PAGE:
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Storm Pabuk Missed Vietnam, but Its Rain Damaged Mekong Delta Flower Farms

Typhoon Pabuk hit Thailand last Friday, January 4, wreaking havoc on local life.

It also caused heavy rain in southern Vietnam, but the country was lucky that the typhoon only swept past without making landfall.

In southern provinces such as Dong Thap and Can Tho, however, prolonged rain caused by the storm destroyed many flower crops, most of which are being grown to be sold for Tet, Tuoi Tre reports. Local farmers told the news source that roughly 40% to 50% of their flowers were damaged by the storm.

“This has [dropped yields to] about 50%, no matter [how much] plant protection medicine [was] used,” Tran Kim Nga, a flower grower in Can Tho, told the newspaper. Doan Huu Bon, director of the Binh An Cooperative, expressed a similar view, saying losses reached approximately 40%.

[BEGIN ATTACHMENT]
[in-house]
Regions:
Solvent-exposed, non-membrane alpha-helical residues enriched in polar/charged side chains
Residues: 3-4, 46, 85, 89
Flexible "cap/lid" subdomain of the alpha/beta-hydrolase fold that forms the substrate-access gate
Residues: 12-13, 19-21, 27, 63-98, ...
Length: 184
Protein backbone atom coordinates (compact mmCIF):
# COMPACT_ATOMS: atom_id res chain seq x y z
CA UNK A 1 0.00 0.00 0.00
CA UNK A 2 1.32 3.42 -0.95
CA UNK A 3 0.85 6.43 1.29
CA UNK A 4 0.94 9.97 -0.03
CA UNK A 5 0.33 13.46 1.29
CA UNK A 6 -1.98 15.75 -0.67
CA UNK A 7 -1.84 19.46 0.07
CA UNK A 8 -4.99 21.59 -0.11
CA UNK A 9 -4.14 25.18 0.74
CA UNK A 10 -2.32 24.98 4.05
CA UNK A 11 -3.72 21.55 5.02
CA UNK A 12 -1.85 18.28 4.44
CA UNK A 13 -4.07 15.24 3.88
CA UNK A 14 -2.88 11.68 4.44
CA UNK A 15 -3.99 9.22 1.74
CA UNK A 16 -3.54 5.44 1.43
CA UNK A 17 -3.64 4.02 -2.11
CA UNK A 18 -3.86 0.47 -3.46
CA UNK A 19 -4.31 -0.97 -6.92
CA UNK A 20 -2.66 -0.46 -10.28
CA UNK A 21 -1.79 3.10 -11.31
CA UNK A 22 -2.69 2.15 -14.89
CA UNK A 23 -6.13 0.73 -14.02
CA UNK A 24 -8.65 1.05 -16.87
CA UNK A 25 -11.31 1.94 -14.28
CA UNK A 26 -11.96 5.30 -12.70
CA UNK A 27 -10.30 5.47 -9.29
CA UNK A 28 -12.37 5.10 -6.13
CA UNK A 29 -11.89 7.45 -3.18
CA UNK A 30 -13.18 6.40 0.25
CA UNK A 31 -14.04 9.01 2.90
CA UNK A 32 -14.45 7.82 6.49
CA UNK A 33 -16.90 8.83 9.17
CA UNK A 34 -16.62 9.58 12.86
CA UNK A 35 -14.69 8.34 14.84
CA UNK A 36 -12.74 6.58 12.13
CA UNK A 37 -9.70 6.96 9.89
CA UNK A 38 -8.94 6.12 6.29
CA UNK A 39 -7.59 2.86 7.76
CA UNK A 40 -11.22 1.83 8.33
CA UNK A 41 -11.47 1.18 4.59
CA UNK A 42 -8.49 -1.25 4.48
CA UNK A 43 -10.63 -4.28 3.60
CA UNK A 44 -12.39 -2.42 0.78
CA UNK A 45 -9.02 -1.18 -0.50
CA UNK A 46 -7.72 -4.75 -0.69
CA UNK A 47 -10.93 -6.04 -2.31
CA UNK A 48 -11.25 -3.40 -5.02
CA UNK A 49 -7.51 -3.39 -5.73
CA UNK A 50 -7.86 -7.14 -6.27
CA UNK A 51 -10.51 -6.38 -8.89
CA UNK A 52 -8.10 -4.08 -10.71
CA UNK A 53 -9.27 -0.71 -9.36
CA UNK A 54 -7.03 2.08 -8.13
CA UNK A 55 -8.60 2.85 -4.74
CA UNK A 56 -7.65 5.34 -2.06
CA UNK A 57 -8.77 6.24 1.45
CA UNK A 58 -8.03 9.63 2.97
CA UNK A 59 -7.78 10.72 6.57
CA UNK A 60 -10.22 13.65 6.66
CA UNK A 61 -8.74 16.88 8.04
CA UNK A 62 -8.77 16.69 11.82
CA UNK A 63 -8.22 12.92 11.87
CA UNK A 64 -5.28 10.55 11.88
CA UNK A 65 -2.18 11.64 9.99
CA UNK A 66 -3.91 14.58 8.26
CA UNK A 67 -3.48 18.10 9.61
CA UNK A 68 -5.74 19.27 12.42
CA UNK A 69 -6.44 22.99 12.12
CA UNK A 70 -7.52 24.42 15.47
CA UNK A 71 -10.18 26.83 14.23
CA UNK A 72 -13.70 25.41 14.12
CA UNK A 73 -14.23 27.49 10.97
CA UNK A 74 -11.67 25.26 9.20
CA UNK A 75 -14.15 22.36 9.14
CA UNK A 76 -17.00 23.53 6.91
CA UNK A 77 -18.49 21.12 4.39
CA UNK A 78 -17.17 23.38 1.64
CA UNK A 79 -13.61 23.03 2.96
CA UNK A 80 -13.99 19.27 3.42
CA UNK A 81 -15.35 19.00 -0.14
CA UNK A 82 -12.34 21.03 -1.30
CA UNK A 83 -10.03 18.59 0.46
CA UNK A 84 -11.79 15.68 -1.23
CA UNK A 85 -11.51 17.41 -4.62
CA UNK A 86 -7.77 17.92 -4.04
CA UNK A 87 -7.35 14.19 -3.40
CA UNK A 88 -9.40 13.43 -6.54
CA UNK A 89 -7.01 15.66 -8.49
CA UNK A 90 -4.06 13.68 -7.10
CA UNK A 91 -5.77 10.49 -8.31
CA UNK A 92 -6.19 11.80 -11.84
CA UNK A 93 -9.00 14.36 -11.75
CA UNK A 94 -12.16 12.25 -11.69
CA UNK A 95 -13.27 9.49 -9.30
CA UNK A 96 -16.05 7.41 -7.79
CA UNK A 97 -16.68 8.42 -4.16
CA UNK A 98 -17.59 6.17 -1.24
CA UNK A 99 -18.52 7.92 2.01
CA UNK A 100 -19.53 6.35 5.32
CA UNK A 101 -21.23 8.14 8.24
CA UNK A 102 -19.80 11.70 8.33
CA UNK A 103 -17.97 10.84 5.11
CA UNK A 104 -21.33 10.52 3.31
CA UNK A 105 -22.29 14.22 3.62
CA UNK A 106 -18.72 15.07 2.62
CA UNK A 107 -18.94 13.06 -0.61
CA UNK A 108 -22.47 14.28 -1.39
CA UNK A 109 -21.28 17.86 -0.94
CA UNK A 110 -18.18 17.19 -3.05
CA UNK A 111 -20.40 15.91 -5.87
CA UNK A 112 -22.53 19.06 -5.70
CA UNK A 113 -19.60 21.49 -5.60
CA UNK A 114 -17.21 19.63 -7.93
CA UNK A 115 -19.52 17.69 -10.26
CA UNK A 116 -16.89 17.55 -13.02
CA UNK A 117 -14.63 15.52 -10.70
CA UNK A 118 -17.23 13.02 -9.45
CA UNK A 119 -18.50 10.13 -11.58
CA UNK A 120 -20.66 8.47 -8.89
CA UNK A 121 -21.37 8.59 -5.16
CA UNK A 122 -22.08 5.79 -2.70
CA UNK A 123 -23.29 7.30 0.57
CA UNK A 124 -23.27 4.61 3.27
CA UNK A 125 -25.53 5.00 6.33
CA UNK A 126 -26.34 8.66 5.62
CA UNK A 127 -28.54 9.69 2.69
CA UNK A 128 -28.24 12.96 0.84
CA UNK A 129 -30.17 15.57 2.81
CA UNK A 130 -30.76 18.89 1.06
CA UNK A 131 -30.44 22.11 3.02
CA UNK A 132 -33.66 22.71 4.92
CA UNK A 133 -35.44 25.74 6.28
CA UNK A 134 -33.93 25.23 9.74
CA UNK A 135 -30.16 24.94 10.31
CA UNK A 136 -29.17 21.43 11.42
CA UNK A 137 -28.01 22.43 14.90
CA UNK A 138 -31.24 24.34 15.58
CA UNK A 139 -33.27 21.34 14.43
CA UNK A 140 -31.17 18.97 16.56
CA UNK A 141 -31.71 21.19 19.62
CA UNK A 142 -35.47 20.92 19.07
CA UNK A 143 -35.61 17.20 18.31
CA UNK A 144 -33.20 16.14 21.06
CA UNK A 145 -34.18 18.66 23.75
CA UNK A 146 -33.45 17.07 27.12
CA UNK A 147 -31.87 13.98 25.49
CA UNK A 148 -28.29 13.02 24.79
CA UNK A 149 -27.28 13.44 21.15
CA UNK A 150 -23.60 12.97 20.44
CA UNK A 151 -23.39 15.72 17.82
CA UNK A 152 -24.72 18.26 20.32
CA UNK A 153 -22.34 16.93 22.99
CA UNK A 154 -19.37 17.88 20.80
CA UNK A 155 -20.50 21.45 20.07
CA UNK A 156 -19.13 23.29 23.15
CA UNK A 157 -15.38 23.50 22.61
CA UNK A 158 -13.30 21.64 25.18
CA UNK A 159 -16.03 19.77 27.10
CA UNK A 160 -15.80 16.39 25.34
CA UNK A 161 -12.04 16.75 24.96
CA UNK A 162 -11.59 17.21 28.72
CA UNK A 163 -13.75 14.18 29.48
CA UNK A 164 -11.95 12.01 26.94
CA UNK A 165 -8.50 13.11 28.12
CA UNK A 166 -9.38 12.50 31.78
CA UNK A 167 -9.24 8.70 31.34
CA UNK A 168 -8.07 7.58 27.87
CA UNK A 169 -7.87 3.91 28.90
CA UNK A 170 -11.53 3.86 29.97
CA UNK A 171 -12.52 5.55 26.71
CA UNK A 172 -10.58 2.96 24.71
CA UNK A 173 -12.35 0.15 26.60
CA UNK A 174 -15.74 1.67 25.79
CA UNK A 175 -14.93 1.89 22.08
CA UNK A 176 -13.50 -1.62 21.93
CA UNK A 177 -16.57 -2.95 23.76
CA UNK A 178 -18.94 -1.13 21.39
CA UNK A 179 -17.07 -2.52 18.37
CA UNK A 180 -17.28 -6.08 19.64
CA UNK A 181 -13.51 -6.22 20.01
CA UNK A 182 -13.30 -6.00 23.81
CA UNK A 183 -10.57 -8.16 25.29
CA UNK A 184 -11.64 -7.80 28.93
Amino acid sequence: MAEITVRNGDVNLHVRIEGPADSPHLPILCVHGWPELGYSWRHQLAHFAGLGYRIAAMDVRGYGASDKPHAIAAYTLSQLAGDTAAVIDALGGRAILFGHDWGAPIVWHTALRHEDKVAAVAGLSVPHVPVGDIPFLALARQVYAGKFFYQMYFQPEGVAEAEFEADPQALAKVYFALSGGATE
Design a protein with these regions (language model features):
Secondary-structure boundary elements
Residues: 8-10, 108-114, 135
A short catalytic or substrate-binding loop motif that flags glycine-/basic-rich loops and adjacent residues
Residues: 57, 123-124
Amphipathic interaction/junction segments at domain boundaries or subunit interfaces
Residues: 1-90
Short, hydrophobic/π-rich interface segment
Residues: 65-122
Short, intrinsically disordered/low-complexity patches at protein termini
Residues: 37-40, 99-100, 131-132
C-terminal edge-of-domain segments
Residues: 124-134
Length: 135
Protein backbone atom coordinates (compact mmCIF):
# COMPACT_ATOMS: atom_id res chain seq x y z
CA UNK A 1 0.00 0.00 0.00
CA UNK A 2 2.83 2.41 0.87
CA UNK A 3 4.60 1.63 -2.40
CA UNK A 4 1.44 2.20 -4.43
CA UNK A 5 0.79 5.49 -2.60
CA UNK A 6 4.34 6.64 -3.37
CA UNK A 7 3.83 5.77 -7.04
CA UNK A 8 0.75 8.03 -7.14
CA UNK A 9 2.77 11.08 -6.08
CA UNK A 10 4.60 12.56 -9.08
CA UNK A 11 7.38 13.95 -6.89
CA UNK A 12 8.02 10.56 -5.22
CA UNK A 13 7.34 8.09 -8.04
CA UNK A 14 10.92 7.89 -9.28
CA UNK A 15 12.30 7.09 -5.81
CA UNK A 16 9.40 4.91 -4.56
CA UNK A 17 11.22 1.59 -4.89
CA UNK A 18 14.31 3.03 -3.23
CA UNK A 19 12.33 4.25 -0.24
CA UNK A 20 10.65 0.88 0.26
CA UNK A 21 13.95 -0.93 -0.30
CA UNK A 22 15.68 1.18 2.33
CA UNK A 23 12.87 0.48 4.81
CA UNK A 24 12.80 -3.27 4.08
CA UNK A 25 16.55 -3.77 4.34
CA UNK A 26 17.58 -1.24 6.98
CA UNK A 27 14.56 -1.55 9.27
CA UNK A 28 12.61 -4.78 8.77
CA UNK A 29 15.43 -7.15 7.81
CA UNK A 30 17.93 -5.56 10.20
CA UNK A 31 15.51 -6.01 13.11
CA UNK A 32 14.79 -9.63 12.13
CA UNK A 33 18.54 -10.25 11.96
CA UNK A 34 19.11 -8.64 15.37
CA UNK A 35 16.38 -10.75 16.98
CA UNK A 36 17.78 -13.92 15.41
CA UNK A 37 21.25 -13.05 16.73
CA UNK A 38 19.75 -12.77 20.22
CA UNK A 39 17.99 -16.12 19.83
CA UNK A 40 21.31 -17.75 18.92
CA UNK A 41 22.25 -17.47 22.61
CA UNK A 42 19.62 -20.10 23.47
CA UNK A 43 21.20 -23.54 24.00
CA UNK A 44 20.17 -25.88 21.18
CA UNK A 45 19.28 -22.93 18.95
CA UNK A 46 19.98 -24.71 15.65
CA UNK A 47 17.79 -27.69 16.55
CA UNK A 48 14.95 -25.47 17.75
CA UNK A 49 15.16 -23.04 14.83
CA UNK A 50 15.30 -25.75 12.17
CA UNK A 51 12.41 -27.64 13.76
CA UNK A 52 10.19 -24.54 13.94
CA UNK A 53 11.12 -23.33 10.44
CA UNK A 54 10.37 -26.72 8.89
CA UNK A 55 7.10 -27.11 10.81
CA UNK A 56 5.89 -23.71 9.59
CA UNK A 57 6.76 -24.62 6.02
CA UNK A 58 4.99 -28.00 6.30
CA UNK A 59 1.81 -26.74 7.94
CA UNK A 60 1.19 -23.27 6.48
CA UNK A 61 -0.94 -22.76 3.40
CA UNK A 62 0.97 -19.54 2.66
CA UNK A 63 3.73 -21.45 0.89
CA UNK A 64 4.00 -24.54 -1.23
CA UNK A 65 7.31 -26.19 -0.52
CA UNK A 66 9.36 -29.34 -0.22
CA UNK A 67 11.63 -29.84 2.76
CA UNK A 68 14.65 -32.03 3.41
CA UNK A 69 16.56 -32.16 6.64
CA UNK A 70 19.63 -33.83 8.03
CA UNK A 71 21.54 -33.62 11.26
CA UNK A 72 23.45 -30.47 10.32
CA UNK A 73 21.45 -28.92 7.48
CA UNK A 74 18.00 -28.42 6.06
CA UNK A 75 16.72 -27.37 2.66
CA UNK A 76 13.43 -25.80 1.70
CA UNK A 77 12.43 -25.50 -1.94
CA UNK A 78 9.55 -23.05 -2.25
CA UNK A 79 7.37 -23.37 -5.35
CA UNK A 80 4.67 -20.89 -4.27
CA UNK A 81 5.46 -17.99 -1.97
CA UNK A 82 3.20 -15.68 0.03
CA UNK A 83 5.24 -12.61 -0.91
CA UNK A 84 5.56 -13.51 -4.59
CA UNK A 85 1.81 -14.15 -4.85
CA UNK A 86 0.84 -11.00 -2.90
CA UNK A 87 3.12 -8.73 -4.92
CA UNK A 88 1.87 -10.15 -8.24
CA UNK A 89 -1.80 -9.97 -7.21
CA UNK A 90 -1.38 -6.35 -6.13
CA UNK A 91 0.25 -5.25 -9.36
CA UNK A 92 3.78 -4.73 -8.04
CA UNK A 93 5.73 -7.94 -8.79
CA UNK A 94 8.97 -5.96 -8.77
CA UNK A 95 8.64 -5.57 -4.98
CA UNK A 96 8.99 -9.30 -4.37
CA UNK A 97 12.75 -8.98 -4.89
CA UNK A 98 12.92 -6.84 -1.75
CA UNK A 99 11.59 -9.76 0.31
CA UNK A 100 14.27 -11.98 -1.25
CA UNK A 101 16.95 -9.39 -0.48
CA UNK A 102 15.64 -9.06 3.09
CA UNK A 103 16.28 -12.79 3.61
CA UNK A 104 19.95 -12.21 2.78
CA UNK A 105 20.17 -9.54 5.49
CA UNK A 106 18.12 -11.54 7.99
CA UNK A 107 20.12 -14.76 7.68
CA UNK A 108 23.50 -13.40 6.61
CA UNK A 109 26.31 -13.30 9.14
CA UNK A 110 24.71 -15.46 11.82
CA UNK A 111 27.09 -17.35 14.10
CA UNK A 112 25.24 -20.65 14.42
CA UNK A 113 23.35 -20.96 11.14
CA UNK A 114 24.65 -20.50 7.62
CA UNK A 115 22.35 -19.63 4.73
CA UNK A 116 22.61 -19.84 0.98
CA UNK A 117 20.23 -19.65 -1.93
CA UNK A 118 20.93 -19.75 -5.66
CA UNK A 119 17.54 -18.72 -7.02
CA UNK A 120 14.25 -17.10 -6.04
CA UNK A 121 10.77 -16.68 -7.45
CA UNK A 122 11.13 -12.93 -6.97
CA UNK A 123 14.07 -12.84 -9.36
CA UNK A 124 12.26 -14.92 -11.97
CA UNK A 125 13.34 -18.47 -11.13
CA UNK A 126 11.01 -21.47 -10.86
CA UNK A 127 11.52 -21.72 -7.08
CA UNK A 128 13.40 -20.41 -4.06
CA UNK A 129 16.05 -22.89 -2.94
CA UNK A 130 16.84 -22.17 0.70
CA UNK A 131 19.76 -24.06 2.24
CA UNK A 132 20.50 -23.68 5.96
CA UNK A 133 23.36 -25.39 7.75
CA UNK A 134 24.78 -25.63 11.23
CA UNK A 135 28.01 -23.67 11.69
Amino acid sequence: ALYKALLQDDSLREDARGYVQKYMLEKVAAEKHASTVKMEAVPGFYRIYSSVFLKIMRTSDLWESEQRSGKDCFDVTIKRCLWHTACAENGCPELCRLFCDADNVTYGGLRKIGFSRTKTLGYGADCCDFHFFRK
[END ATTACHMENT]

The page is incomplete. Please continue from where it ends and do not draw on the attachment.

Some households may yield nothing at all if humid weather continues. “Roses are very sensitive to the weather. It makes me worry that this year's output [may be] zero,” said Hung, another farmer. Vietnamese families tend to buy fresh flowers and potted plants to adorn their house to celebrate the Lunar New Year, but it's important that they do not bloom too early before the first days of Tet.

Extreme weather conditions like rain and high humidity brought about by the typhoon can cause some flower species to bloom early or rot, thus significantly lowering their commercial viability.

Responding to these losses, Deputy Director of the Dong Thap Hi-Tech Agricultural Application Center Nguyen Thanh Hung proposed switching to growing flowers in greenhouses to protect them from adverse weather conditions.


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